“I’m counting the days until I can travel to Bordeaux, and not only for the wine (and the wine museum). It’s the unexpected creatively infused menu by female chef Oxana Ramat of restaurant Le Cromagnon that keeps me returning to a city often referred to as ‘Petit Paris’. Every two months new seasonal dishes are added, each one more aesthetic and well-balanced than the last. Using edible flowers in her masterful compositions, Oxana’s plates are almost too beautiful to savour.”
— Kasia Dietz is a Paris-based freelance writer and bag designer.
“Located in the heart of the Loire Valley, Sancerre is known for its wine. But this tiny, medieval town boasts several good restaurants as well. I am looking forward to the day when I can return to Sancerre and dine at La Pomme d’Or. This small but established restaurant cooks up traditional French dishes with modern flair, served with Sancerre wine, bien sûr! No wonder La Pomme d’Or continues to earn Michelin’s “Bib Gourmand” designation for its good quality and good value. And I totally agree!”
— Dawn Dailey, author and photographer, is passionate about travel and seeing the world through her camera lens.
“Locally when we can go out my first meal would be at Henri IV in Eauze. They not only serve the best local Gascon cuisine in the Gers department, but they also offer the most delicious Assiette de Legumes Chaud for vegetarians.”
— Sue Aran is a freelance writer and owner of French Country Adventures.
“In Brittany, a region famed for its cuisine and seafood, finding a restaurant serving ‘fruits de mer’ is as easy as falling off a log. The bay of Mont Saint-Michel prides itself above all else on its mussels. Farmed in the bay and only available from an indeterminate date each year in July, and available for a few months afterwards, purist restaurants in the area will only serve these mussels and no other.
The D797 which winds itself from the coastal village of Cherruiex on the bay to Pontorson and thence to Mont Saint-Michel, passes a roadside restaurant/creperie at the entrance of the Roz-sur-Couesnon campsite. This charming and reasonably priced restaurant has a local, loyal clientele as well as being much appreciated by campsite visitors. There is an outside terrace for warmer weather and no summer is complete without a bowl of their Mont St Michel moules and, of course, frites. For carnivores, they do a mean steak. Their crepes and ice cream, simply unmissable.”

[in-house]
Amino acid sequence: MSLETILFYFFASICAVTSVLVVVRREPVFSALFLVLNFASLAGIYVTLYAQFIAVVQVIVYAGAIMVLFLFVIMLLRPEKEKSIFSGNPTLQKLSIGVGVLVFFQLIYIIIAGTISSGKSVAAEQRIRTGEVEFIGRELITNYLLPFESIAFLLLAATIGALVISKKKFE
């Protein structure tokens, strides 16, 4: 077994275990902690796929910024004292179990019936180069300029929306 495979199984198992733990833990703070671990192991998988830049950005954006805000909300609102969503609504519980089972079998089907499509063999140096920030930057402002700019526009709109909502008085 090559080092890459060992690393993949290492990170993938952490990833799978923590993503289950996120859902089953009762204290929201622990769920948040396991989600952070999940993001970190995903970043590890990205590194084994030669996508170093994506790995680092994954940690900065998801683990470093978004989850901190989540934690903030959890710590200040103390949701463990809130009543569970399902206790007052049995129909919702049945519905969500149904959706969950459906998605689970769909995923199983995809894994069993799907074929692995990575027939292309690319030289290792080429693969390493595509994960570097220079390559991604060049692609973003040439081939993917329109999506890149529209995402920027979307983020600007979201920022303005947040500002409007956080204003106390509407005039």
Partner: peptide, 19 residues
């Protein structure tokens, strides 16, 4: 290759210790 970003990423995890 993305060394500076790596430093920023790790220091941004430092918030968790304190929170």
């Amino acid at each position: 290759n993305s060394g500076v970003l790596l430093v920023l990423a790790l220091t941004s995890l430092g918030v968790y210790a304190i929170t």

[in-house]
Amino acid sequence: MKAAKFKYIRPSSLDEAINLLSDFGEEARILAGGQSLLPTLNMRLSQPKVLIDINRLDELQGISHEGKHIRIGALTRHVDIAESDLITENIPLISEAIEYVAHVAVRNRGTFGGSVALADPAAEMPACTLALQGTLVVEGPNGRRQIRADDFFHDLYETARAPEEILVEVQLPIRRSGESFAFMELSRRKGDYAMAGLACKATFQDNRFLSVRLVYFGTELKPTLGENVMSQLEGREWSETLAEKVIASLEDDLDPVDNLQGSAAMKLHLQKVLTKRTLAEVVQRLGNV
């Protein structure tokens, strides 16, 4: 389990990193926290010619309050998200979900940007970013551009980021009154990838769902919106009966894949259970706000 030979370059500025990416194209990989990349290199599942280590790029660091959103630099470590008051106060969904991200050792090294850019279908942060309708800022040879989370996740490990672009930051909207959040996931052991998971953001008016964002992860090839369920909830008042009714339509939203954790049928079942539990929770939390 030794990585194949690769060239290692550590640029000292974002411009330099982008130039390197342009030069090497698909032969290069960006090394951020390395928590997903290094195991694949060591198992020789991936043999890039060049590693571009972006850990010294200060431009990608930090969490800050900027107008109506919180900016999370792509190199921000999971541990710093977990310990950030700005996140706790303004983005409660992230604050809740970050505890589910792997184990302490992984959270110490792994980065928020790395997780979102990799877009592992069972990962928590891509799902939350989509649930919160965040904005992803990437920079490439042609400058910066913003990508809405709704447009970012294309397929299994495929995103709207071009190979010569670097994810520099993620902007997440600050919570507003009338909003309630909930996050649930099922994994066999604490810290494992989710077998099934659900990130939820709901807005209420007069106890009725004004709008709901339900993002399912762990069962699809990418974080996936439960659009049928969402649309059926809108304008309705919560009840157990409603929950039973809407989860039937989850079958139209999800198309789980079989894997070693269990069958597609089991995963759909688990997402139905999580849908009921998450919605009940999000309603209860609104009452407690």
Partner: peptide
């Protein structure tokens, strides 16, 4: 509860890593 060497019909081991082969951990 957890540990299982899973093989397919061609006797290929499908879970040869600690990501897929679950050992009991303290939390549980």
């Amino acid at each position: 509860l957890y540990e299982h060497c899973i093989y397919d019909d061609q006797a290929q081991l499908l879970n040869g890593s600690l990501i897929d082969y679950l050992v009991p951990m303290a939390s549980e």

— Marilyn Brouwer is a freelance writer based on the Isle of Wight.
“In the hilltop village of Mougins, minutes away from Cannes is the wonderful Le Routier Sympa. Denis Veran’s restaurant has been a staple for over 30 years featuring an Italian inspired menu with the fresh bounty of the south of France. After the perfect day of sitting in the afternoon sun nothing sounds better than stopping at Le Routier Sympa, enjoying Salade du conté de Nice and many classes of Rosé. Can’t wait that long, they are also doing take-away including pizza, dessert and wine, bien sûr.”
— Claudine Hemingway is a frequent contributor to sister publication Bonjour Paris.
“I’ve really missed Normandy and its regional foods! When the quarantine is over the first restaurant I will go with my family and friends is Les Vapeurs, a mythical brasserie established since 1927 located in the heart of Trouville, a quaint seaside resort on the Côte Fleurie.
A friendly and bistro-style atmosphere pervades this institution with a timeless decoration. The seafood plate is deliciously good! It comes with a smorgasbord of seafood sourced from the local fishermen: oysters, langoustines, prawns, stone crabs, clams, whelks, winkles all straight from the sea! It is a real feast for the palate and for the eyes. They also offer excellent regional foods with sauce and quality products. The waiters are smiling and usually speak English.
Normandy was at the heart of the Impressionism art movement. As its four-month Impressionist Festival should have started in April, it will be also a perfect time to celebrate Impressionism along the famous, 19th century boardwalk where famous great masters (Monet, Manet, Boudin, Berthe) installed their easels on the pristine sand to capture the light and fleeting moments of the ladies and gentlemen of that time.
Trouville is a perfect escape, a two-hour drive from Paris. It is ideal as a holiday destination with its authentic atmosphere, fishing market, array of charming boutiques, and romantic seashore.”
— Sarah Fauvel hails from Rouen, Normandy and has developed communication and writing expertise in different fields over the course of her career. She has a lifelong passion for photography, writing and travel.